Let’s put an end to Food Waste and curb Childhood Hunger

Food Deserts

 

The term “food desert” describes neighborhoods and communities that have limited access to affordable and nutritious foods, but there is no standard definition of food desert that is uniformly used among researchers (usccr.gov). According to Illinois Dept of Commerce more than 500,000 illinoians have limited or no access to food.

Food deserts are closely affiliated with communities that are generally of poorer health than communities with ready-access to nutritious food

The United States Department of Agriculture (USDA) concluded that the majority of studies conducted on the issue have found “that better access to a supermarket or large grocery store [in particular] is associated with healthier food intakes.

Food deserts carry great costs to those who live in them and society as a whole.


 

 

 

 

Sources

http://www.usccr.gov/pubs/IL-FoodDeserts-2011.pdf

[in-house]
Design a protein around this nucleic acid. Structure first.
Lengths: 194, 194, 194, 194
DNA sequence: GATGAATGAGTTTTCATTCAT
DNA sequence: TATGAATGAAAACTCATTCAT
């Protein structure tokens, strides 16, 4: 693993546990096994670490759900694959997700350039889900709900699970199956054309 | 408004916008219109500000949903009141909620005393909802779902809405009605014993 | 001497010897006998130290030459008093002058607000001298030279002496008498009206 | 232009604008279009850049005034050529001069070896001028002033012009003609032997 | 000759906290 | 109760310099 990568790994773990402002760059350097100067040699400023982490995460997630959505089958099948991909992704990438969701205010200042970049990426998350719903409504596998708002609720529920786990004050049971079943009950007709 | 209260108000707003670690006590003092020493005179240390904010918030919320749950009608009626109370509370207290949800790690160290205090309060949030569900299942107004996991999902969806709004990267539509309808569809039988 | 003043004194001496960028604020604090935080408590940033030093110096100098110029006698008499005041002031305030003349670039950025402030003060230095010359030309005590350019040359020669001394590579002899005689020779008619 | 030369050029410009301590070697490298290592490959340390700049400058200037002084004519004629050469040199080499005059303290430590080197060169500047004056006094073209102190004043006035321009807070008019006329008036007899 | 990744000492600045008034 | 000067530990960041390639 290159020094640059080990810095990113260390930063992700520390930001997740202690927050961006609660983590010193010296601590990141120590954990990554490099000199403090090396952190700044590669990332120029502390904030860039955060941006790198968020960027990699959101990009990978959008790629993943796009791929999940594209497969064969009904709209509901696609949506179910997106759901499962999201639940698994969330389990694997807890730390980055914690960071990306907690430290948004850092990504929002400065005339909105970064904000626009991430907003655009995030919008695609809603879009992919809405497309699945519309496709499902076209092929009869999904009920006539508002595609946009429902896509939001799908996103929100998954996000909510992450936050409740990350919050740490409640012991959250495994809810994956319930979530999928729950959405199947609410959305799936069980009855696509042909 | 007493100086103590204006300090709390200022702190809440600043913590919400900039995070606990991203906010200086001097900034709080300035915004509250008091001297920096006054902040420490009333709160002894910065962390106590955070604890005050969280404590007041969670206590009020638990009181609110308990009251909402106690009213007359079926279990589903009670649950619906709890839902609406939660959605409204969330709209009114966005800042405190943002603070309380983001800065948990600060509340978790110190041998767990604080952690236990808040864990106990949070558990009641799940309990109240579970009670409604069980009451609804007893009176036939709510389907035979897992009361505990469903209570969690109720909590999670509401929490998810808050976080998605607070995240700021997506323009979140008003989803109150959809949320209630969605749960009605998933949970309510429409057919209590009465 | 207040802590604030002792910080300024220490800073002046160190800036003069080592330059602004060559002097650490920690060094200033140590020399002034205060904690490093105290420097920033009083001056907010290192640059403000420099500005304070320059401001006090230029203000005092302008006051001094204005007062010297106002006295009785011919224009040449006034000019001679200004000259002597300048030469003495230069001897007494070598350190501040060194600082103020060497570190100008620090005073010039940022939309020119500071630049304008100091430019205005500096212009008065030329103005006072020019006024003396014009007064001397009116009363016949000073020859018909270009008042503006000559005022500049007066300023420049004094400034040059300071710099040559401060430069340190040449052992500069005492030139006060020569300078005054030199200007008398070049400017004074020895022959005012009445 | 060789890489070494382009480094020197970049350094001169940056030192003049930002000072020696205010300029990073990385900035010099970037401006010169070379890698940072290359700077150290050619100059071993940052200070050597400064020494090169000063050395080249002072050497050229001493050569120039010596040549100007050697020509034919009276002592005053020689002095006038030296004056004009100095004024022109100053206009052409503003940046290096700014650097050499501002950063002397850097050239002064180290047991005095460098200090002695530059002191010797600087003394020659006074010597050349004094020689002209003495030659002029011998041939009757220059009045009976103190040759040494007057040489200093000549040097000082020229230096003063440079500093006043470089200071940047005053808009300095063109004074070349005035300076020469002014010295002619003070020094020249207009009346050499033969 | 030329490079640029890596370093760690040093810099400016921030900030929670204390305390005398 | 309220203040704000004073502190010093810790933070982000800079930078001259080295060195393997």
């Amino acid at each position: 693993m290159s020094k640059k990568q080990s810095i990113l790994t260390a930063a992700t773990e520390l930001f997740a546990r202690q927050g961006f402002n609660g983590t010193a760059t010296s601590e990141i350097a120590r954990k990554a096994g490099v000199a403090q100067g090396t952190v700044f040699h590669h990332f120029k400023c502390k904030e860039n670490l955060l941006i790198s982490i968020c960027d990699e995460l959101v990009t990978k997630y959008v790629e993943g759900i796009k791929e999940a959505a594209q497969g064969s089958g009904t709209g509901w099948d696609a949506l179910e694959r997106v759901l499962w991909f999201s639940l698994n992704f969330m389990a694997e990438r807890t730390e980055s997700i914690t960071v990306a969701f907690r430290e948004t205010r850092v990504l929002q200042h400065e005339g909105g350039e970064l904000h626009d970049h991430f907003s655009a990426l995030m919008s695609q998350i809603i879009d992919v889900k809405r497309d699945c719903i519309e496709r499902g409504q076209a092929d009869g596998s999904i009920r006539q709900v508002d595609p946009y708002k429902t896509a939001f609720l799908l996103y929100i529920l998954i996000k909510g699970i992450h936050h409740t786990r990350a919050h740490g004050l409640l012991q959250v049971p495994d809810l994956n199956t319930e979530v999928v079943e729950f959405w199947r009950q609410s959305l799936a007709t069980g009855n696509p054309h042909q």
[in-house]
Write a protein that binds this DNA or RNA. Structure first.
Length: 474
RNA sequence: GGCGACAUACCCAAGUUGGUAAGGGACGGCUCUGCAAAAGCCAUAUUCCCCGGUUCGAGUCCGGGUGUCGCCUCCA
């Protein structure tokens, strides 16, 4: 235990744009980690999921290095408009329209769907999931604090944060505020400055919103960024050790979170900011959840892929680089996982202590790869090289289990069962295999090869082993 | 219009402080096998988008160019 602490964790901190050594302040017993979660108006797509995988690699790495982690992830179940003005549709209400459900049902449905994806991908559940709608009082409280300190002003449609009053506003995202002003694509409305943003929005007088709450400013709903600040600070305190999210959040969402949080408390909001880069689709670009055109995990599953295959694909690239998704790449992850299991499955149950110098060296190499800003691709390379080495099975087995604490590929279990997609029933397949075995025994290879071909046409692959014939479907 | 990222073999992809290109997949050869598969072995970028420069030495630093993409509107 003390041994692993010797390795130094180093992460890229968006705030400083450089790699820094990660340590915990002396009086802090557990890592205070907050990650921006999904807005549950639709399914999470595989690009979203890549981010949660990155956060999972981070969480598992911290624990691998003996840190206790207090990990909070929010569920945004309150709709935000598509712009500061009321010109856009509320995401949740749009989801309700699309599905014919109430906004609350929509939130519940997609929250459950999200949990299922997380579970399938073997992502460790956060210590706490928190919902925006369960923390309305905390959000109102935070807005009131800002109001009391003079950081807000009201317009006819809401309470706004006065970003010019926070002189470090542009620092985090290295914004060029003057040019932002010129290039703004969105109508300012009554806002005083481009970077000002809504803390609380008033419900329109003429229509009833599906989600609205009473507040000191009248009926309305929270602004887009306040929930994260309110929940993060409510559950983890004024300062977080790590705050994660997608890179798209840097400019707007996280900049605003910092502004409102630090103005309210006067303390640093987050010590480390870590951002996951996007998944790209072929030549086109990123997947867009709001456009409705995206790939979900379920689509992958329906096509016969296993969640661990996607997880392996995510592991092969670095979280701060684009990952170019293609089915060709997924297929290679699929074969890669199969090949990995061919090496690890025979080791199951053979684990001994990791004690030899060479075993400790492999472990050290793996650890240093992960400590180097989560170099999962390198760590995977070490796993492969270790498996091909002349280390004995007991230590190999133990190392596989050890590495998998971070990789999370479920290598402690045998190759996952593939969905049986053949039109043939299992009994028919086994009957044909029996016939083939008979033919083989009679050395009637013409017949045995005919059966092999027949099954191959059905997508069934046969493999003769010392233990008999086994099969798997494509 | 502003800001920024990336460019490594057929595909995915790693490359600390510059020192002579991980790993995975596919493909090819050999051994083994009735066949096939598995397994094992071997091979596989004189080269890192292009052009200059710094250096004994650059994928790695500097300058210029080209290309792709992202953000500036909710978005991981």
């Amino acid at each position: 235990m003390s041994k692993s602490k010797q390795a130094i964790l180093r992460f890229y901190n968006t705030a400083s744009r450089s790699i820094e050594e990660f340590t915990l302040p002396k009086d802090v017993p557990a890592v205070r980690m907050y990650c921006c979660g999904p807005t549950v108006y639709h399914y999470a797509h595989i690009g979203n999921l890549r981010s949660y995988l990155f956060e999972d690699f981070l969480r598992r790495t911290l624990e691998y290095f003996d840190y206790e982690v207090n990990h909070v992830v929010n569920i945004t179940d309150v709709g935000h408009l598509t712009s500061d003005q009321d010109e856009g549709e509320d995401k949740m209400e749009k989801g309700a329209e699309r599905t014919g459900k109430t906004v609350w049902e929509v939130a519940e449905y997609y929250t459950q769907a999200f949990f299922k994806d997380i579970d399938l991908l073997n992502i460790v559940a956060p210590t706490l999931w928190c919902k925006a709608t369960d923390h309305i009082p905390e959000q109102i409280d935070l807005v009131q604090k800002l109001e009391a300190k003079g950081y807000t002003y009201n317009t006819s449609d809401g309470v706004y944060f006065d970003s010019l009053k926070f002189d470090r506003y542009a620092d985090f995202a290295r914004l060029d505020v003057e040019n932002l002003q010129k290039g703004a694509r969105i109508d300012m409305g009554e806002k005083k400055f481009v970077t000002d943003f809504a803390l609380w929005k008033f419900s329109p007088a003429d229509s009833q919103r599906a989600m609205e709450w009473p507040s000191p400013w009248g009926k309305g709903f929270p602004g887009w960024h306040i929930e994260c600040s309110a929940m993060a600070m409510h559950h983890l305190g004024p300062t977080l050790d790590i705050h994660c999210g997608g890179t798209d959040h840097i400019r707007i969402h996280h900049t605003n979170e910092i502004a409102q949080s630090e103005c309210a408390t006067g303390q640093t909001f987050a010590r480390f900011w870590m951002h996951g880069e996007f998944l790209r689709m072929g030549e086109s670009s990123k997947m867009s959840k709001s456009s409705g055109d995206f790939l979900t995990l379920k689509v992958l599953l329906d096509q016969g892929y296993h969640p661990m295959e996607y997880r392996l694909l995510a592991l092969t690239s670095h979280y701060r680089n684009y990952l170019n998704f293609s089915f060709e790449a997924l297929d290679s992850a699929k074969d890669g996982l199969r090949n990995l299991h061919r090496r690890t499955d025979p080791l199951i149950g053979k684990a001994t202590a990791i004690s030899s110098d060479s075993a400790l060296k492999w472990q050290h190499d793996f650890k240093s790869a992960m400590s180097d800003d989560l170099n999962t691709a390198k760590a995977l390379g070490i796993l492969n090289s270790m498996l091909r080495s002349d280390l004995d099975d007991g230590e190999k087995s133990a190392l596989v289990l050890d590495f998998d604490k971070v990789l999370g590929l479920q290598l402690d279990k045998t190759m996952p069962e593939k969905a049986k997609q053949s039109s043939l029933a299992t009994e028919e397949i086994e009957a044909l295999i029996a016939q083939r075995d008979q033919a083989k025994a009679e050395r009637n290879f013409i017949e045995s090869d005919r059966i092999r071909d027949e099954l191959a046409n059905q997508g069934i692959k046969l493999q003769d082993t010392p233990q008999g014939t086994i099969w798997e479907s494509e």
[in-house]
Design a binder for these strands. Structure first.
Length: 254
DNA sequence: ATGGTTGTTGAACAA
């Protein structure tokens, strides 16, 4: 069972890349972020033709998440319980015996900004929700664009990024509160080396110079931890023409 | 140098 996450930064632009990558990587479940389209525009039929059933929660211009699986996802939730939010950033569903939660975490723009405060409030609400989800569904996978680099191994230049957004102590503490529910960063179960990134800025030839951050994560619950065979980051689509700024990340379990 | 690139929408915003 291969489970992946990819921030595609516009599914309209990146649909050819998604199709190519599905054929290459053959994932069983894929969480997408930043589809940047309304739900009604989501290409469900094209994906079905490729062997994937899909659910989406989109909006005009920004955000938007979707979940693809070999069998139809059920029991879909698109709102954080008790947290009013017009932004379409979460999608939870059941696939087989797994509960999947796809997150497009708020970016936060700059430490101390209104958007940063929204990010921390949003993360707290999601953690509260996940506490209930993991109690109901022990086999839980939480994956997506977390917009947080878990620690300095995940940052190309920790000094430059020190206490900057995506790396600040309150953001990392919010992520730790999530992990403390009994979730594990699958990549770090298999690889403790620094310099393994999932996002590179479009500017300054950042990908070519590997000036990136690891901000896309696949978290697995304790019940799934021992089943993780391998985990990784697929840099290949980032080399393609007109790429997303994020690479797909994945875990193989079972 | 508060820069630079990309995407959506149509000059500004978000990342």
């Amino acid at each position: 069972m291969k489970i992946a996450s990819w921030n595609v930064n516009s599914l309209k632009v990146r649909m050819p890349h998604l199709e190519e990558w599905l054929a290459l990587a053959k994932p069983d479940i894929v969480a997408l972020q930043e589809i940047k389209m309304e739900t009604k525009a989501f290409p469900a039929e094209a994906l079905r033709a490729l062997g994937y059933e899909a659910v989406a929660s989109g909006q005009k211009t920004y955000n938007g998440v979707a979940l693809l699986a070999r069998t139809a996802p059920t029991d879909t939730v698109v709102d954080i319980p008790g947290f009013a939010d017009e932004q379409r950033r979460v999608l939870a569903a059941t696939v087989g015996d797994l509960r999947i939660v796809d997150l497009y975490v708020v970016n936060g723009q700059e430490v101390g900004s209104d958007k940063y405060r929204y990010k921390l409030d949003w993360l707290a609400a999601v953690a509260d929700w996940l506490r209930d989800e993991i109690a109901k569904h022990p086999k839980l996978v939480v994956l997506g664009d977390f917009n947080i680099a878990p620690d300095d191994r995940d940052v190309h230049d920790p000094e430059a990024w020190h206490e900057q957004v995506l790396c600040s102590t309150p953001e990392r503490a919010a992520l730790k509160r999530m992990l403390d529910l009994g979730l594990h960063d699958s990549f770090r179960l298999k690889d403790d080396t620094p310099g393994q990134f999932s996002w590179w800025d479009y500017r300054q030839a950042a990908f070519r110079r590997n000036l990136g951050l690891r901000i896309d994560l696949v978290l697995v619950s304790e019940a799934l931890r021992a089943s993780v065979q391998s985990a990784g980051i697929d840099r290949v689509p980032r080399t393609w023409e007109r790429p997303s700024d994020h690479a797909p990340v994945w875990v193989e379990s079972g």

U.S. Department of Agriculture, Economic Research Service, Access to Affordable and Nutritious Food: Measuring and Understanding Food Deserts and Their Consequences: Report to Congress, prepared by Michele Ver Ploeg, et al, (June 2009), http://www.ers.usda.gov/Publications/AP/AP036/, (last accessed July 21, 2011), p. 52 (hereafter cited as USDA, Access Report).

http://www.illinois.gov/dceo/CommunityServices/UrbanAssistance/Pages/EliminatingFoodDeserts.aspx

 http://www.huffingtonpost.com/mari-gallagher/its-not-that-easy-being-g_b_201859.html

 http://www.marigallagher.com/site_media/dynamic/project_files/LaSalle_Bank_Chicago_Food_Desert_4_Page_Brochure.pdf

ReFoods by Green Minds